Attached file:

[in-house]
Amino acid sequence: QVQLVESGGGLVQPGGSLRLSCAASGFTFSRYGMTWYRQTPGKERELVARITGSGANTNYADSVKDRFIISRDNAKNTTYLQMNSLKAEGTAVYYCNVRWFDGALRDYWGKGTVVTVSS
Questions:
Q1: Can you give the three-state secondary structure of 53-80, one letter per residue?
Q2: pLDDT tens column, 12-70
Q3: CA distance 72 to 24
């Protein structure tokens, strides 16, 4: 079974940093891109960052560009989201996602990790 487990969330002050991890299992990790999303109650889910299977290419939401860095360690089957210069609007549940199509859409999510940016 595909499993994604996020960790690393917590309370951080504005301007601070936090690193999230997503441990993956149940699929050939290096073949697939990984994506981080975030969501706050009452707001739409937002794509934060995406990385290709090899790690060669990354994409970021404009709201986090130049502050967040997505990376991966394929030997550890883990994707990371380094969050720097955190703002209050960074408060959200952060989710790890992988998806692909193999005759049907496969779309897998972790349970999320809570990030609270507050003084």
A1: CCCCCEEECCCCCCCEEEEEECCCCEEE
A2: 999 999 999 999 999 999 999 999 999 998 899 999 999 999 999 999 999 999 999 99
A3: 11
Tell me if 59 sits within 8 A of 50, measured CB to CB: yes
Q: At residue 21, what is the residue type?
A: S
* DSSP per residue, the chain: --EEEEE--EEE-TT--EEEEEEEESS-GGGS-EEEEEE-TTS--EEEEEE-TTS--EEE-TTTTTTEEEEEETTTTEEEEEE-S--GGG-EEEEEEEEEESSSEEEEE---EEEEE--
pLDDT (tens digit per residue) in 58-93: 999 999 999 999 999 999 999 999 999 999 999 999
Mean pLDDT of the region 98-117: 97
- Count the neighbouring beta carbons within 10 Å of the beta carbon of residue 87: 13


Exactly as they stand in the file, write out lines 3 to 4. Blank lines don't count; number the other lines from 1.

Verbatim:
Questions:
Q1: Can you give the three-state secondary structure of 53-80, one letter per residue?